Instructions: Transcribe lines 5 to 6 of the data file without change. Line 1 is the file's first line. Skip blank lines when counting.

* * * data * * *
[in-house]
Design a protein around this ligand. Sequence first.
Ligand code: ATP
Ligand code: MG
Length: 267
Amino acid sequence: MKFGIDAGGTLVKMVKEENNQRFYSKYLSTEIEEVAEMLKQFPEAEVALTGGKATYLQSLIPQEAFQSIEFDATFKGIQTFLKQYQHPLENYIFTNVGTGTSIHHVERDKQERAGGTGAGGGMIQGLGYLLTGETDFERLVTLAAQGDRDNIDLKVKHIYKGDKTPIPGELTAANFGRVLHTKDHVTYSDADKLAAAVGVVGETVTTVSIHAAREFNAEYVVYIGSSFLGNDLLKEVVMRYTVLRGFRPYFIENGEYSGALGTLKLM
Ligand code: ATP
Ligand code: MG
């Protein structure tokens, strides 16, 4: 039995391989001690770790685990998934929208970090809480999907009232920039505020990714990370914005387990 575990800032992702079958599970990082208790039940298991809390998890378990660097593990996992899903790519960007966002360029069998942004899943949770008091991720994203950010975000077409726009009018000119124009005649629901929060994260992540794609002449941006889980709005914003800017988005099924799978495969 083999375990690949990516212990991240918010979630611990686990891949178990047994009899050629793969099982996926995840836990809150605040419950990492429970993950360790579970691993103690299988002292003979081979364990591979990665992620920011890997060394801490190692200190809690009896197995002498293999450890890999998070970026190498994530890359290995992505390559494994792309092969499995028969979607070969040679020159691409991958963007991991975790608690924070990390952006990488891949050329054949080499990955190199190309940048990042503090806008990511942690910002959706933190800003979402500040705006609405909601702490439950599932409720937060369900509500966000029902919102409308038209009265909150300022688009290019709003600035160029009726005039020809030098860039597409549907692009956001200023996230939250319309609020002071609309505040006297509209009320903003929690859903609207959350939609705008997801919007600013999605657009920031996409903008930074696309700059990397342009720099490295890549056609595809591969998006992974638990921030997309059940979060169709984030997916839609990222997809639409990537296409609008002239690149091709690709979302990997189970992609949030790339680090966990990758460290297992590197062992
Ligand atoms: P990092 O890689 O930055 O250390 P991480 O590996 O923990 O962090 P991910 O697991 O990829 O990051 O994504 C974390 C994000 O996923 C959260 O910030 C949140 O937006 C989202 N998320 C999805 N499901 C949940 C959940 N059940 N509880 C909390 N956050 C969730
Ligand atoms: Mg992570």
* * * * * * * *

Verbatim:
Length: 267
Amino acid sequence: MKFGIDAGGTLVKMVKEENNQRFYSKYLSTEIEEVAEMLKQFPEAEVALTGGKATYLQSLIPQEAFQSIEFDATFKGIQTFLKQYQHPLENYIFTNVGTGTSIHHVERDKQERAGGTGAGGGMIQGLGYLLTGETDFERLVTLAAQGDRDNIDLKVKHIYKGDKTPIPGELTAANFGRVLHTKDHVTYSDADKLAAAVGVVGETVTTVSIHAAREFNAEYVVYIGSSFLGNDLLKEVVMRYTVLRGFRPYFIENGEYSGALGTLKLM